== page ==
Mr. Garner averred that after Garner was awarded the contract, the parties once again agreed that Georgia Palm would furnish and install the windows and that, at such time, Georgia Palm, once again, assured Mr. Garner that it would get any further approval that was necessary from the housing authority.
Georgia Palm submitted both shop drawings for and a model of its model S-1100 window to the housing authority. The model, drawings, and written specifications submitted to the architect and the housing authority, both prior to and subsequent to Georgia Palm's offer, did not show that the model S-1100 window had a tilt down sash that was removable.
After the renovation project was commenced, the housing authority rejected the model S-1100 window because it did not have a tilt down sash which could be removed and repaired at another location. Georgia Palm refused to furnish a window with a tilt down sash that could be removed at the bid price. Garner purchased the window from another supplier.
1. Before this Court can address the issue of whether a contract did, in fact, exist between the parties, we must determine if the provisions of the Uniform Commercial Code ("UCC") apply.
The alleged contract involved a mixed sale of goods and services. In such mixed contracts, "[w]hen the predominant element of a contract is the sale of goods, the contract is viewed as a sales contract and the UCC applies even though a substantial amount of service is to be rendered in installing the goods. When, on the other hand, the predominant element of a contract is the furnishing of services, the contract is viewed as a service contract and the UCC does not apply. As it is said: A contract for services and labor with an incidental furnishing of equipment and materials is not a transaction involving the sale of goods and is not controlled by the UCC. Factors to be considered in determining the predominant element of a contract include the proportion of the total contract cost allocated to the goods and whether the price of the goods is segregated from the price for services. A smaller proportion of the total price assignable to services, or a failure to state a separate price for services rendered, suggest a contract for the sale of goods with services merely incidental." (Citations and punctuation omitted.) Southern Tank &c. Co. v. Zartic, 221 Ga. App. 503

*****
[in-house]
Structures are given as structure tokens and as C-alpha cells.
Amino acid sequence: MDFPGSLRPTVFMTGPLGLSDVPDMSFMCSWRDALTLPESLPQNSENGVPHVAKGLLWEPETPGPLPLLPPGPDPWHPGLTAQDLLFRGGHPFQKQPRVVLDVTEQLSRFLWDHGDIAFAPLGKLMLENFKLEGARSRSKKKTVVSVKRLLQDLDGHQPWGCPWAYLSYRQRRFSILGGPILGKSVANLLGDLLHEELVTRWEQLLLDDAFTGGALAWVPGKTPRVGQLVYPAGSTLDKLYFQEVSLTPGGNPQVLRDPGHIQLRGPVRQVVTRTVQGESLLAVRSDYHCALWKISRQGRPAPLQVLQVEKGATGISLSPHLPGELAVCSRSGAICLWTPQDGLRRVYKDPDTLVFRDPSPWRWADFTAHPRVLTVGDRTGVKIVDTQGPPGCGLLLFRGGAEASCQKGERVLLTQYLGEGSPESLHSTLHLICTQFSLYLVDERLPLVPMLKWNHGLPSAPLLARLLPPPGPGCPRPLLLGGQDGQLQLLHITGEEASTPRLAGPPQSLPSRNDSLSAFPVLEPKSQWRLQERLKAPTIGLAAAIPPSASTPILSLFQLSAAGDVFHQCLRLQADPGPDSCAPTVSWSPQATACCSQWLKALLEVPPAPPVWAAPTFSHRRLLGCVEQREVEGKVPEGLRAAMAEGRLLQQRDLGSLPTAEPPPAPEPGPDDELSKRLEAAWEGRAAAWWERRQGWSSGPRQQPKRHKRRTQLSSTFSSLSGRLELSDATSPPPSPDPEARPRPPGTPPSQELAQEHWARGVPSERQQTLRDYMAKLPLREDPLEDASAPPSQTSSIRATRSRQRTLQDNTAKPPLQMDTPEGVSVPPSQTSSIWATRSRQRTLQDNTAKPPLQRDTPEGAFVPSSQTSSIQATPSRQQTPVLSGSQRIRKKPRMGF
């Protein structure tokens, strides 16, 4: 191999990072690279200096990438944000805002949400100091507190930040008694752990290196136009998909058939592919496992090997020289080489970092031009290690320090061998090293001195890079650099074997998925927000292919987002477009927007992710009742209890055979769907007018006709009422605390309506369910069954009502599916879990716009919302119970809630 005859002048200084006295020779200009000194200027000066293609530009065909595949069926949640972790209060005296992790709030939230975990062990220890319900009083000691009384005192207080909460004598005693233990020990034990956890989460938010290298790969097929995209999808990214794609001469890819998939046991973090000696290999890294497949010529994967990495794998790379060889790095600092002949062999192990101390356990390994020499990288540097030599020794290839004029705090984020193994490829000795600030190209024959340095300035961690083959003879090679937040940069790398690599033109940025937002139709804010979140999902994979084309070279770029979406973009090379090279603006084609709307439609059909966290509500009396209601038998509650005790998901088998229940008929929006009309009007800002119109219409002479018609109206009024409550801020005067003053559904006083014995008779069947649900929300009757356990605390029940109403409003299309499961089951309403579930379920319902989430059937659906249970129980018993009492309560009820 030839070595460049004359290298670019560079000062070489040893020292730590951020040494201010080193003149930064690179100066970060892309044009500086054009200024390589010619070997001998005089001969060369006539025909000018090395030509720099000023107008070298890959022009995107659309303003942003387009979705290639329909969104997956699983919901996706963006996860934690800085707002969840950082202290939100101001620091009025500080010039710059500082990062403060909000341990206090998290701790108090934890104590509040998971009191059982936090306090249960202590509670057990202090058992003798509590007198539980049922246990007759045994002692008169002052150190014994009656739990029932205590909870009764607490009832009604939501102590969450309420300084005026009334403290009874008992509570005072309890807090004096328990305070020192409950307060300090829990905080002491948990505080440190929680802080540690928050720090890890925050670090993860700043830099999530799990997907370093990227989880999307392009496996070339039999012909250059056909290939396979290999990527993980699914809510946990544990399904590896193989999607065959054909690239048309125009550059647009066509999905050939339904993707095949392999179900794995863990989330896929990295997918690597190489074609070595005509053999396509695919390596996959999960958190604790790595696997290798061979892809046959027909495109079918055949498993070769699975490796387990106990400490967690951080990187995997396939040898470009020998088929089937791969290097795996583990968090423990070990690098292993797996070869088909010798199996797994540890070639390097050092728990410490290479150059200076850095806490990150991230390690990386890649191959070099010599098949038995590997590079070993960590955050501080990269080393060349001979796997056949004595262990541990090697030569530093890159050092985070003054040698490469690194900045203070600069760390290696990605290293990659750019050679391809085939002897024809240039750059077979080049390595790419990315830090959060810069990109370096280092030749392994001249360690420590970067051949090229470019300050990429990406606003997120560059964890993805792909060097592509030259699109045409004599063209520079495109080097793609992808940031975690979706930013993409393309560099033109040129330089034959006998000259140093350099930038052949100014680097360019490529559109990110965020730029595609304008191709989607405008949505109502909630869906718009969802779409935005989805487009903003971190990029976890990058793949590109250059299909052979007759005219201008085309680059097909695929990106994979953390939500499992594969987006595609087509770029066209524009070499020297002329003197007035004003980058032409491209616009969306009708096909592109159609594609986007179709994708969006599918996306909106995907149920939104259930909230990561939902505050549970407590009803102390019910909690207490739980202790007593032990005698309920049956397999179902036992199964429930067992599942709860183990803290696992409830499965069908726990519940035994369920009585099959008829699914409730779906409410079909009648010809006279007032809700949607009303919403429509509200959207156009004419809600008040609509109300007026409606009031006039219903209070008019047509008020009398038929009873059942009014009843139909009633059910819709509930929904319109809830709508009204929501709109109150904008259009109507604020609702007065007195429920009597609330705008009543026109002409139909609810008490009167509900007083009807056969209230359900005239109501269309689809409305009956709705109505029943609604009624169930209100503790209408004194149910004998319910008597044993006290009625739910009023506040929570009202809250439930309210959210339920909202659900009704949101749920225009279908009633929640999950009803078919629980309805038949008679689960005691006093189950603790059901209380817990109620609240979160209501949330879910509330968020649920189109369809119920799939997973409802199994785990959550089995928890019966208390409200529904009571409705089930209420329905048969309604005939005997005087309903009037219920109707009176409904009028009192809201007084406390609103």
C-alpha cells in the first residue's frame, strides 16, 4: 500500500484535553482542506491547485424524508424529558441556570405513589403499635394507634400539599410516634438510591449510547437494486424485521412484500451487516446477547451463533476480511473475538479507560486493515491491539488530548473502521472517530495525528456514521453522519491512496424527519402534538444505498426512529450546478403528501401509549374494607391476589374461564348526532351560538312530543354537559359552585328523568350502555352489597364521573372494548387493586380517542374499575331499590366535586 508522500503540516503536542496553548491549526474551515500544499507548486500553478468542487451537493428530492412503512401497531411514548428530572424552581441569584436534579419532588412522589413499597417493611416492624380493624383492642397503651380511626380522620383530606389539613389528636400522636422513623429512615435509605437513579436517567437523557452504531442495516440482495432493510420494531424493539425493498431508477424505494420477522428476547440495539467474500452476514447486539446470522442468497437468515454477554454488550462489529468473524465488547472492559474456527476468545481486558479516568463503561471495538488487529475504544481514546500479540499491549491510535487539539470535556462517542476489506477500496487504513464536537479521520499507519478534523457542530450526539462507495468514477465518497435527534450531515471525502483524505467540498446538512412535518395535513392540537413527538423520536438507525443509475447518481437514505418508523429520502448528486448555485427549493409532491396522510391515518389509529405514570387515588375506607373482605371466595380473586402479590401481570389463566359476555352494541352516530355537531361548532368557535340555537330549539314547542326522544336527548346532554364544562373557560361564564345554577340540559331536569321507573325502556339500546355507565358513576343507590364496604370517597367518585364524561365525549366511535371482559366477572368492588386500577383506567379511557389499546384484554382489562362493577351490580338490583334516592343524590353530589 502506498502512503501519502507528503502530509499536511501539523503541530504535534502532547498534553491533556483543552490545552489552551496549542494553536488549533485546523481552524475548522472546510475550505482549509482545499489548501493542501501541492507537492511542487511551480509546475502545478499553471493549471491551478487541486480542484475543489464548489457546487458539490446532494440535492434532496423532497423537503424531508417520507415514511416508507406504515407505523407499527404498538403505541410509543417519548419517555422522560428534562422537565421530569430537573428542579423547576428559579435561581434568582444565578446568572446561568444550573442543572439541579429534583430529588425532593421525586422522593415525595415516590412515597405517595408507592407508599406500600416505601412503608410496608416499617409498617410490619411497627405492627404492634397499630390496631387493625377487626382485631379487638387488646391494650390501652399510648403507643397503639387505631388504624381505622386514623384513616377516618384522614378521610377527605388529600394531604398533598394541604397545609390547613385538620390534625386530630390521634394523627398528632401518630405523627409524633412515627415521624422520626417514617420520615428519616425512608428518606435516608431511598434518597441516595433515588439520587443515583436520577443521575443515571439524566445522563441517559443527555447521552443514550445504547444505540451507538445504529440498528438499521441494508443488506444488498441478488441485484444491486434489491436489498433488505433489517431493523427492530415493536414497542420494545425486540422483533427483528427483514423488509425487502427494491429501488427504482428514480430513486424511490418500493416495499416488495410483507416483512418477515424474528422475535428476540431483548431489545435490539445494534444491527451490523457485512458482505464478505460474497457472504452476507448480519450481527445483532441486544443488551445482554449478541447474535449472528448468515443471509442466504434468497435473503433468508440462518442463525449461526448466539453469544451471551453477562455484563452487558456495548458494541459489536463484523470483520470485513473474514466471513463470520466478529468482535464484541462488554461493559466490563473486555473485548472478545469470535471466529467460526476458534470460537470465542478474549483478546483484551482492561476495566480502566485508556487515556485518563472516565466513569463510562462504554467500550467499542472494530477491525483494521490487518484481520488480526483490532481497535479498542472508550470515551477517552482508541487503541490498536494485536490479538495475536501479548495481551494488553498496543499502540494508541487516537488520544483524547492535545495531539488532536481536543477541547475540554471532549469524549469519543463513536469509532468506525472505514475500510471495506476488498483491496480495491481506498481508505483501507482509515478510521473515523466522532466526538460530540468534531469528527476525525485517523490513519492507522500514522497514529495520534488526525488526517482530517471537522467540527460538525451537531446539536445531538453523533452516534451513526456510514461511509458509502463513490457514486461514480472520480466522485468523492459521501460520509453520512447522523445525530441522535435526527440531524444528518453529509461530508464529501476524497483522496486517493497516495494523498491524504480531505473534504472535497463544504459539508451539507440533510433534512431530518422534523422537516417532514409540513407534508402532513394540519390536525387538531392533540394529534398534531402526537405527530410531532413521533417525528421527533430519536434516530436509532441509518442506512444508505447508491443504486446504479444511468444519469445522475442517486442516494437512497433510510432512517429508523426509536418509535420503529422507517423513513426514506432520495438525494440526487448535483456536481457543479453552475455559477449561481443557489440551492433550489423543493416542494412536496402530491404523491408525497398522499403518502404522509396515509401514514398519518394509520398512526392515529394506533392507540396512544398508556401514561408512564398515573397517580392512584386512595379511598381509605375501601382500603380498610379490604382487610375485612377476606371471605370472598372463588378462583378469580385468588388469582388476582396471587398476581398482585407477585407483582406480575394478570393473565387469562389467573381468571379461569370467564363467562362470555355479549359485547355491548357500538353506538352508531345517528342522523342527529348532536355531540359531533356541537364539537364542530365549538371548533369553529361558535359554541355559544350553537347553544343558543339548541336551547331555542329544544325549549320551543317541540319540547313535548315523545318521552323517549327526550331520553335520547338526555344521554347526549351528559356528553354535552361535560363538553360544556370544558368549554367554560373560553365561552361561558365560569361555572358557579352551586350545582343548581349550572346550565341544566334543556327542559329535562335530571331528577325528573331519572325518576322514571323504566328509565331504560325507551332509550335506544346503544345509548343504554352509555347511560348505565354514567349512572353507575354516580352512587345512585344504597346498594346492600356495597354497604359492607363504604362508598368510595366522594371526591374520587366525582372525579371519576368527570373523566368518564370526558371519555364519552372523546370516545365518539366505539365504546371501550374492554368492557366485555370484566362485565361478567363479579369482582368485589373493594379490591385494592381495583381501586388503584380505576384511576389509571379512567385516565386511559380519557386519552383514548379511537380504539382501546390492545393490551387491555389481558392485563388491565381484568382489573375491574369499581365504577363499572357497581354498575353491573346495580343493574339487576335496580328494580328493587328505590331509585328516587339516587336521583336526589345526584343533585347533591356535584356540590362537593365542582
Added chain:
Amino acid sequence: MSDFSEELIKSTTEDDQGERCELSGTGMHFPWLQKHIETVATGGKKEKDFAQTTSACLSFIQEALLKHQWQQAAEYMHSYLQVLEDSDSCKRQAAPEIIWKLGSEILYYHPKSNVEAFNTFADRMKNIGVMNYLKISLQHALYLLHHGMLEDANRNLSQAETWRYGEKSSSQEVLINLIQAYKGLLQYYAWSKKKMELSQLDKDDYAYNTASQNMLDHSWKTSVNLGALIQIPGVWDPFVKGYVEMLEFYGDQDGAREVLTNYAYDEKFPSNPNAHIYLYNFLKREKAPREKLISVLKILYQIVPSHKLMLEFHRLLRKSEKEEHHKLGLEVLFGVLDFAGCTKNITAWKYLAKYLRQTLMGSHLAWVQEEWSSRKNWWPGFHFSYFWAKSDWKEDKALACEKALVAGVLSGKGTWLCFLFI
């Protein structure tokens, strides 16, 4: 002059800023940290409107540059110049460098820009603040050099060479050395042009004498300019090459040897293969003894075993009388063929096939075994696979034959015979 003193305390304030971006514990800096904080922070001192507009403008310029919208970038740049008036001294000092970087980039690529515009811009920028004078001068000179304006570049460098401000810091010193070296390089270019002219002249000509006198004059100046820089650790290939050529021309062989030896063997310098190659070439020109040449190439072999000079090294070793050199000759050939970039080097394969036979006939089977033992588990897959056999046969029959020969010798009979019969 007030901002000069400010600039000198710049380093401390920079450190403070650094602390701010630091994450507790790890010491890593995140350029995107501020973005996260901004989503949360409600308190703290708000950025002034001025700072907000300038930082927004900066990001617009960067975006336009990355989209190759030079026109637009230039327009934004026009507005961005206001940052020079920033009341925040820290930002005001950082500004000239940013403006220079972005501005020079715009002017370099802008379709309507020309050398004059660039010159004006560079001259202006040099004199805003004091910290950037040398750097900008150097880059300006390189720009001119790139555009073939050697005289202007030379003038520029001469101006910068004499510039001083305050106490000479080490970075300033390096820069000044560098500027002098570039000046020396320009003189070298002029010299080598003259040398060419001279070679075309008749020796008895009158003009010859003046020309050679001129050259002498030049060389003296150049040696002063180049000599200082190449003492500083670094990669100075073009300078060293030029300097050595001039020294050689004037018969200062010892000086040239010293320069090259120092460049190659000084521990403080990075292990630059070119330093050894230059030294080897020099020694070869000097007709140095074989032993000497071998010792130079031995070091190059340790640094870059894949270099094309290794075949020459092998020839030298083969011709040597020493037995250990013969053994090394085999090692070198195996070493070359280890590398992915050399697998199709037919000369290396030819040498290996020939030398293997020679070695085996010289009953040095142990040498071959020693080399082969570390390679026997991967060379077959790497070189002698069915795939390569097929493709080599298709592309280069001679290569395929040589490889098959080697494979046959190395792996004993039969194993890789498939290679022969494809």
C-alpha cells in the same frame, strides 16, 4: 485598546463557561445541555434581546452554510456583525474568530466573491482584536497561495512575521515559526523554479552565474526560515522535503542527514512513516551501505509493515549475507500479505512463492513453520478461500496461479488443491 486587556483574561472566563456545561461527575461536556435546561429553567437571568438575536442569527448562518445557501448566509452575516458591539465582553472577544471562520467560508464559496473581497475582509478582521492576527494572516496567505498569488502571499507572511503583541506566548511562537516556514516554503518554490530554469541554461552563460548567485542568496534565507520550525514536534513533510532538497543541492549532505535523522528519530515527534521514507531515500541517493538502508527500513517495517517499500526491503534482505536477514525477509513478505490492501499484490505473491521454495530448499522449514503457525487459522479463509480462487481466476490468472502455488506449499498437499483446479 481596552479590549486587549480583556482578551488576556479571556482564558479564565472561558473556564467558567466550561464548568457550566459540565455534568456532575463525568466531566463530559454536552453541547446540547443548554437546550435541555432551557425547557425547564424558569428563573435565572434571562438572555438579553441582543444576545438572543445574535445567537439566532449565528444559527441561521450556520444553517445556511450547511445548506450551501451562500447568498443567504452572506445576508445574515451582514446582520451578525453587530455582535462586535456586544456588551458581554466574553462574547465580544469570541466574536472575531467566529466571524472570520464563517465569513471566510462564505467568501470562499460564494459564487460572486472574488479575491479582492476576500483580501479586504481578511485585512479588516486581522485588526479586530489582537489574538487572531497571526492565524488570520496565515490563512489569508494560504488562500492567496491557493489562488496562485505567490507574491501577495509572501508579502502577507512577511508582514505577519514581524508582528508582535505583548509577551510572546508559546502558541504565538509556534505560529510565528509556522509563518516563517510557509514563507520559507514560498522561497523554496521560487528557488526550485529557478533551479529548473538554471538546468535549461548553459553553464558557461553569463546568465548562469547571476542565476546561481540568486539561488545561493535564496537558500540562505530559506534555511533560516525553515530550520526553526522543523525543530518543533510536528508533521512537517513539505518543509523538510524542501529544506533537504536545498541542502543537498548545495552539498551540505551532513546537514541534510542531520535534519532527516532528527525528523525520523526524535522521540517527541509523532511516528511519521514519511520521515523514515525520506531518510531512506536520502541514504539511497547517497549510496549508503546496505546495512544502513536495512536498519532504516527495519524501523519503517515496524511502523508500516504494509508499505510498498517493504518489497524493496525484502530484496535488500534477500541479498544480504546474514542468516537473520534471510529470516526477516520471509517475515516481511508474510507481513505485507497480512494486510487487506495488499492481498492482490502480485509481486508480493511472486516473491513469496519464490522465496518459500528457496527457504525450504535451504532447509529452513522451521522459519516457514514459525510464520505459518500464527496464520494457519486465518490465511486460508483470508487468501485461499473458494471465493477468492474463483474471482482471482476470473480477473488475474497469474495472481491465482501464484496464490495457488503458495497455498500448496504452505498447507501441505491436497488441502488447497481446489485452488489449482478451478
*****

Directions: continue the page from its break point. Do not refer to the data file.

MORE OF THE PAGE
, 504 (471 SE2d 587
) (1996); J. Lee Gregory v. Scandinavian House, 209 Ga. App. 285 (433 SE2d 687) (1993)
Georgia Palm's bid did not segregate the total price of the windows from the total price of the services to be rendered. Under the facts of this case, "[i]t can hardly be said that the sale of the windows was 'incidental' to the transaction. Rather it would appear that the rendition of services was the incidental factor." J. Lee Gregory v. Scandinavian House, supra at 288. Therefore, even though a substantial amount of service was involved in installing the goods, the predominant character of the transaction was the sale of goods, and the provisions of the UCC apply.